In the newspapers, as in his novels, the intimate memory of the defeated of the Civil War also emerges. On August 12, 2004, the writer reflects: “In the photos from the late twenties, my mother appears dressed like any of the girls from the modest classes of New York who star in the films of those years, her hair at the same time. garçon, square neckline, wide heel, Charleston skirt … Barely a decade later, in the postwar photos, a sad and mourning old woman appears, it would seem that forty years have passed between one photograph and another, and that they have done so in reverse form; that time has run swiftly backwards, and the woman in the postwar photo is the young girl’s grandmother, dressed in that low-waisted skirt made fashionable by the girls who danced Charleston. ”

“The memory of the father and the mother is moving, with a memory of the hunger that was inherited, that is in his novels with the construction of the characters and the situations, it is a personal memory”, explains Violeta Ros. The newspapers make an ellipsis between the period in which a Chirbes appears tormented by his incipient writing career and the final years of his life, already fully consolidated as one of the best storytellers in Castilian. Jose Martínez Rubio maintains that, after the success of novels such as Crematorium, adapted into a hit television series, or On the shore, “Chirbes in recent years has begun to read a lot, to read backwards”.

Thus, his novels The long march, The fall of Madrid or Old friends They had already given many clues about historical memory practically a decade before they began to open mass graves of the Franco regime and to legislate on the matter. “That is why Chirbes is more successful in Germany than in Spain,” says researcher Aina Vidal. “I think that Chirbes is a late and badly vindicated author, like many things in Spain,” Violeta Ros said. “He is ignored until he publishes Crematorium, although before it was read a lot in France and Germany, “he adds.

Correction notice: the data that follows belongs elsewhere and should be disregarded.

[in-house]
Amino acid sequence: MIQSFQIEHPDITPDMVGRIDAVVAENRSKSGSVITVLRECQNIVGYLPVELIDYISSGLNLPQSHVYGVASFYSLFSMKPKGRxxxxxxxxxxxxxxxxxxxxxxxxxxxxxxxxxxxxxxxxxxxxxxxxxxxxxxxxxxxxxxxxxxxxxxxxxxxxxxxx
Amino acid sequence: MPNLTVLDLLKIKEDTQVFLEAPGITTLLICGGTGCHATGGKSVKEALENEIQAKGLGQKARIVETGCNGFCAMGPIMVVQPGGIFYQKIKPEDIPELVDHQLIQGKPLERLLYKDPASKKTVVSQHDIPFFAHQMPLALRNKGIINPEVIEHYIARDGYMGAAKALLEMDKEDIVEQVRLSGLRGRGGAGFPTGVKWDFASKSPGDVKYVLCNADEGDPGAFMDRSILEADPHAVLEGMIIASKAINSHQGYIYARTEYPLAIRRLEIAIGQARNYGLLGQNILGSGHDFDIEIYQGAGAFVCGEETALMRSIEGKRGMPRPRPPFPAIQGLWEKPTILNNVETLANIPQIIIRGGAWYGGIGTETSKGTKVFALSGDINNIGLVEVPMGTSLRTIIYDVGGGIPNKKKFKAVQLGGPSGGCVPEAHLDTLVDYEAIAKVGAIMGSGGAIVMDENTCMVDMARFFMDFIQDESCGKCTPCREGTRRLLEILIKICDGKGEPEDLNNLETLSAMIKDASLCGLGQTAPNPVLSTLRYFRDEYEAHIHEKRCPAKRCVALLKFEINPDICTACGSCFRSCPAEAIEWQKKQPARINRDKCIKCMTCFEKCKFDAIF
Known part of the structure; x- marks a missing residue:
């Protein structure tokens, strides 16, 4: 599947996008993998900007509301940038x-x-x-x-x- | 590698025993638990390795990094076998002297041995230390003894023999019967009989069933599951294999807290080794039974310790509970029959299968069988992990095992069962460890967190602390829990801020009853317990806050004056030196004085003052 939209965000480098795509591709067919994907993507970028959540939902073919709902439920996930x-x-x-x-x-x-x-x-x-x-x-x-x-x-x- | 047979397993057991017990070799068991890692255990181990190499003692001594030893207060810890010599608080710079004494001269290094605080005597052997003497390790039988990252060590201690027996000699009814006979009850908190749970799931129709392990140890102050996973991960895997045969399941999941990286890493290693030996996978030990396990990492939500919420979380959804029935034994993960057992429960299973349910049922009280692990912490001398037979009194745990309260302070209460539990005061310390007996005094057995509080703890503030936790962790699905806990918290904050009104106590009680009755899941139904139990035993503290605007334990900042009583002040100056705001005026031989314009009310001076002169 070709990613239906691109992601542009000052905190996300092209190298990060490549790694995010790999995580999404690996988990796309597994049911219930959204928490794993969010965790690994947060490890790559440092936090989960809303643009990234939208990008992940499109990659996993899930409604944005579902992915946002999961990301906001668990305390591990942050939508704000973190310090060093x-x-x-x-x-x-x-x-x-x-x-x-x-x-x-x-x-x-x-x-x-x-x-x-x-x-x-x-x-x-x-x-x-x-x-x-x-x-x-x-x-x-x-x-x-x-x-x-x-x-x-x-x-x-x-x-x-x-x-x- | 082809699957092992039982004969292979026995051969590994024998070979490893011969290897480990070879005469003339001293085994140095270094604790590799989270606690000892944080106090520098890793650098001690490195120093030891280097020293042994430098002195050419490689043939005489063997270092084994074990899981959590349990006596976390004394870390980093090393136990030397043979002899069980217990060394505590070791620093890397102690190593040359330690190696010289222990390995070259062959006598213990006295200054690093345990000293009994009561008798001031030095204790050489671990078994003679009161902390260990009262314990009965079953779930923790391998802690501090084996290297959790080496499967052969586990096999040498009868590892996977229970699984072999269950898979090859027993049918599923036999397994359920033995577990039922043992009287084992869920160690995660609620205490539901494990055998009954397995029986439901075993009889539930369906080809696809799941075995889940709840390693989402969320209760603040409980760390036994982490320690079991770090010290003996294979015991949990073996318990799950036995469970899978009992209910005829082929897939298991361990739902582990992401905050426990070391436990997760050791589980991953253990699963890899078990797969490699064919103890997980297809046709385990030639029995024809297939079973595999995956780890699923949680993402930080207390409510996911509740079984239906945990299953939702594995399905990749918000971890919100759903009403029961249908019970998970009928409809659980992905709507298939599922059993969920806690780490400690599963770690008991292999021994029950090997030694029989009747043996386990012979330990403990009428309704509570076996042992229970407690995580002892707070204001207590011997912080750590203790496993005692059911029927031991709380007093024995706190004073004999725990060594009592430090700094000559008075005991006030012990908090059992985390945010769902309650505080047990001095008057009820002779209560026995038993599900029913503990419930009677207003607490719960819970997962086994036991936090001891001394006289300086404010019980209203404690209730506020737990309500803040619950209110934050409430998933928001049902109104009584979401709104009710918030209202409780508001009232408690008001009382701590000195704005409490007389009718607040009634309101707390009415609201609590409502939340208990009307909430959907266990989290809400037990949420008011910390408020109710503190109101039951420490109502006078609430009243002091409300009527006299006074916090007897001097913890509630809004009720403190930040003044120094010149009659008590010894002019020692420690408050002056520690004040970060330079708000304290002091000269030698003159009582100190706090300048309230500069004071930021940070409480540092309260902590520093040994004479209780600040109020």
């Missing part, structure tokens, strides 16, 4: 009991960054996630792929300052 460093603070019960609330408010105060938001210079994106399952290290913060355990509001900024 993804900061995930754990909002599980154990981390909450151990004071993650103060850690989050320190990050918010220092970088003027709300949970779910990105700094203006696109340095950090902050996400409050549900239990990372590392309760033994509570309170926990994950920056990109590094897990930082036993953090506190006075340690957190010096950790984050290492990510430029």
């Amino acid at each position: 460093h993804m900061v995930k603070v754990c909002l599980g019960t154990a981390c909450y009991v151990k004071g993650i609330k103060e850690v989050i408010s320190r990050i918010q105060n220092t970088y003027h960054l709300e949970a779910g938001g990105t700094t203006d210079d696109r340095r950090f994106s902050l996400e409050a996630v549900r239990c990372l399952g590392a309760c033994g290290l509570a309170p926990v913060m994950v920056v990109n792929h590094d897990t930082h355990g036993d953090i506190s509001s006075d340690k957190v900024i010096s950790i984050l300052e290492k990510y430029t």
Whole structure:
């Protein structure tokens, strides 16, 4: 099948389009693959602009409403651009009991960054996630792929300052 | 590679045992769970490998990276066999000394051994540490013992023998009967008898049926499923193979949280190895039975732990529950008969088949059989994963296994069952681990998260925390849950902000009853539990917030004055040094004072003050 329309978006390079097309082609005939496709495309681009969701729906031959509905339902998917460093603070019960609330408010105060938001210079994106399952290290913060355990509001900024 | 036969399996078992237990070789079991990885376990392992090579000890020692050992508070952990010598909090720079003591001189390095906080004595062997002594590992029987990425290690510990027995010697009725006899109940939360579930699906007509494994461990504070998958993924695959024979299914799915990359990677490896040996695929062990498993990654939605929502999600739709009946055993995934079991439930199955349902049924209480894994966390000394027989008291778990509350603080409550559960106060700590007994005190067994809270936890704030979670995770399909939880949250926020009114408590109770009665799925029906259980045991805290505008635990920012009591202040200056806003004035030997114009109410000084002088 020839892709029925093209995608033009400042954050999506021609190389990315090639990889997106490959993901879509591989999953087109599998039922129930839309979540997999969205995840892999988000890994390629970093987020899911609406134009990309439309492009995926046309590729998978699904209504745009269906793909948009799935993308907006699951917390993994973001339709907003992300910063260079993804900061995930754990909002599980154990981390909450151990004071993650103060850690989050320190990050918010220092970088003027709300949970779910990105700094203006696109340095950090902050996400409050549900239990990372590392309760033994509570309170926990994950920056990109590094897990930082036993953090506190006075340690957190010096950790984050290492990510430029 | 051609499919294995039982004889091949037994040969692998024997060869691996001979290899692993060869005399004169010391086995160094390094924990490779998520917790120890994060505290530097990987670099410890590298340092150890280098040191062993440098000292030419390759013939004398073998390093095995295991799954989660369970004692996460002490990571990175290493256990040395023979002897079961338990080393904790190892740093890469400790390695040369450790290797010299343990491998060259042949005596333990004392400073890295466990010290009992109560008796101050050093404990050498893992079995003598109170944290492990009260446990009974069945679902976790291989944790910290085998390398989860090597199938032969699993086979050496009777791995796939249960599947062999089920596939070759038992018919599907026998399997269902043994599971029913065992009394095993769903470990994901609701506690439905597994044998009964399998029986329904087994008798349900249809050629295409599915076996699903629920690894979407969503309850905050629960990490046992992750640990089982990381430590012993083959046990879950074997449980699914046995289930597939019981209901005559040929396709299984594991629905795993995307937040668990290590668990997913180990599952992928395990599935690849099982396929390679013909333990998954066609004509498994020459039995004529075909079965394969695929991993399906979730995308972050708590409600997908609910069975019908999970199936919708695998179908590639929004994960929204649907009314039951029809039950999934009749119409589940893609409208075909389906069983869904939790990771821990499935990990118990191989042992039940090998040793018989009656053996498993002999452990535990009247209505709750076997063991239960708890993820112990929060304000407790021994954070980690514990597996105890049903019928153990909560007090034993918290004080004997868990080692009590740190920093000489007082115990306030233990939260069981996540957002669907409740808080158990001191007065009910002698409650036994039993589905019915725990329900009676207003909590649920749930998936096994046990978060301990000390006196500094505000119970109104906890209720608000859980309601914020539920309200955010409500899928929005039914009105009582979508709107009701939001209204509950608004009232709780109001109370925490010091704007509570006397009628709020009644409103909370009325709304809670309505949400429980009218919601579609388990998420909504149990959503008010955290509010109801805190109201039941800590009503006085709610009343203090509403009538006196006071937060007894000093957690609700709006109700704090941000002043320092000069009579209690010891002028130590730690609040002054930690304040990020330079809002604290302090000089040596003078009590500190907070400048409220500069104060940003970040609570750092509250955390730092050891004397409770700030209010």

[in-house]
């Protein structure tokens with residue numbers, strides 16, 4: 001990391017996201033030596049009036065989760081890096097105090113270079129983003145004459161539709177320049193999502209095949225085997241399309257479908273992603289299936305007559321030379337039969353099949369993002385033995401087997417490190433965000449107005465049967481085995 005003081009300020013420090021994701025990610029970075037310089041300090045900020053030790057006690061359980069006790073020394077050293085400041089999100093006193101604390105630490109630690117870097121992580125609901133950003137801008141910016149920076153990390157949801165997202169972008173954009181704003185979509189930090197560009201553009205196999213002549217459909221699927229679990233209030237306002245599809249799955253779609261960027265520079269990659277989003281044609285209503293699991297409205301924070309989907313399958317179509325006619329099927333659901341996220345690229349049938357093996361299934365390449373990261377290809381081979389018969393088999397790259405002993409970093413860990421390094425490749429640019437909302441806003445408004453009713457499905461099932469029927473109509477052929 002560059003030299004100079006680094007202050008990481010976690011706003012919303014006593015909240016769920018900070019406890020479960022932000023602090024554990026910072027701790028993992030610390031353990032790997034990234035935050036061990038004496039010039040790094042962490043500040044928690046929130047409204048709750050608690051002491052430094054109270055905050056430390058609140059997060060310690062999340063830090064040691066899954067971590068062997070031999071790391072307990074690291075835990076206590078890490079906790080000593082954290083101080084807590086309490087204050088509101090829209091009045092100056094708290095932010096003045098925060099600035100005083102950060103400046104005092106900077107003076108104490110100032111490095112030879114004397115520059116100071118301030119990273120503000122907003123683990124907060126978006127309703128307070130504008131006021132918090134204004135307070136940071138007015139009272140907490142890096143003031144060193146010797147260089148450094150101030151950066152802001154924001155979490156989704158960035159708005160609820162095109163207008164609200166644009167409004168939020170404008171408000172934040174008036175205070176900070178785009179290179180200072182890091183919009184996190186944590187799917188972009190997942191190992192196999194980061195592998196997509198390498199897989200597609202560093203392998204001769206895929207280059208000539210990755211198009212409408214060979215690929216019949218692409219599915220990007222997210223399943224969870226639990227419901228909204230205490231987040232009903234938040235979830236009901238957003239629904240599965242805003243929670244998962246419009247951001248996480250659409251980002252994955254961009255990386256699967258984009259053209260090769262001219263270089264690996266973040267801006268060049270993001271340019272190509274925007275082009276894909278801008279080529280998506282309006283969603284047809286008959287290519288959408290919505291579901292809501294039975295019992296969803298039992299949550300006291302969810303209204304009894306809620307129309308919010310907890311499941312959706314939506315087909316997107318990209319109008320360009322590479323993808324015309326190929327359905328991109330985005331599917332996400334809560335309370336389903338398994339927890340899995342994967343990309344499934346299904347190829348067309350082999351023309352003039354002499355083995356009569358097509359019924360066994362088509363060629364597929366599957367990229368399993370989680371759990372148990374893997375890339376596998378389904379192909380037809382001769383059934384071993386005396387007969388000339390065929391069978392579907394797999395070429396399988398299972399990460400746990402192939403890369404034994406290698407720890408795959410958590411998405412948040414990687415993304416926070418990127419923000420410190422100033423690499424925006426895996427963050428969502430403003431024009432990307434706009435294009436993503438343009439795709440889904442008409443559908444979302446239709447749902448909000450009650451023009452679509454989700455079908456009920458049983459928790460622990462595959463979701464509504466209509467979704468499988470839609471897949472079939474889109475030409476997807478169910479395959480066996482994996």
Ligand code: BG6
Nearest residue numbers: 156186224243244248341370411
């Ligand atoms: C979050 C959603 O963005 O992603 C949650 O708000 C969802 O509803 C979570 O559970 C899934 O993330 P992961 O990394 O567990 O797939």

The political scientist Francesc Miralles highlights the passages in the newspapers about the relationship with his mother, “the longing and the process of how his mother loses memory from visit to visit, which are very close to the nucleus of The good handwriting“.” The most intimate Chirbes writes from the constant frustration of the permanent conscience of being on the side of the defeated, with a depressive and melancholic tone, but also of resistance that is seen in these newspapers “, argues Aina Vidal.

“Even after death, he continues to be annoying because he goes against the current and connects with the debates of the present,” explains political scientist Francesc Miralles after reading the newspapers. “You just have to see what kind of opinions he has about the style and behavior of other writers in a cultural world that stands out for its collegiality and complacency; evidence that he militated in a different tradition, more critical of both content and forms, very rare in a latitude in which since the Transition it has been considered that we have a weak institutional framework, be it political, cultural or economic, and what prevails is stability and cohesion, because criticism is dangerous “, adds Francesc Miralles.

From a Marxist point of view – “I sensed that I could not be a writer without Marx”, Rafael Chirbes wrote on May 10, 1985 – and with an endearing bad temper, the Valencian writer delves into his childhood and his fears, in his role as narrator and in the time that he has had to live. “Chirbes was always a person who did not have debts with anyone, something that is not frequent,” says researcher Violeta Ros. Posthumously Rafael Chirbes has managed to anger and dislocate some and enthuse many with his diaries. And it is only the first volume.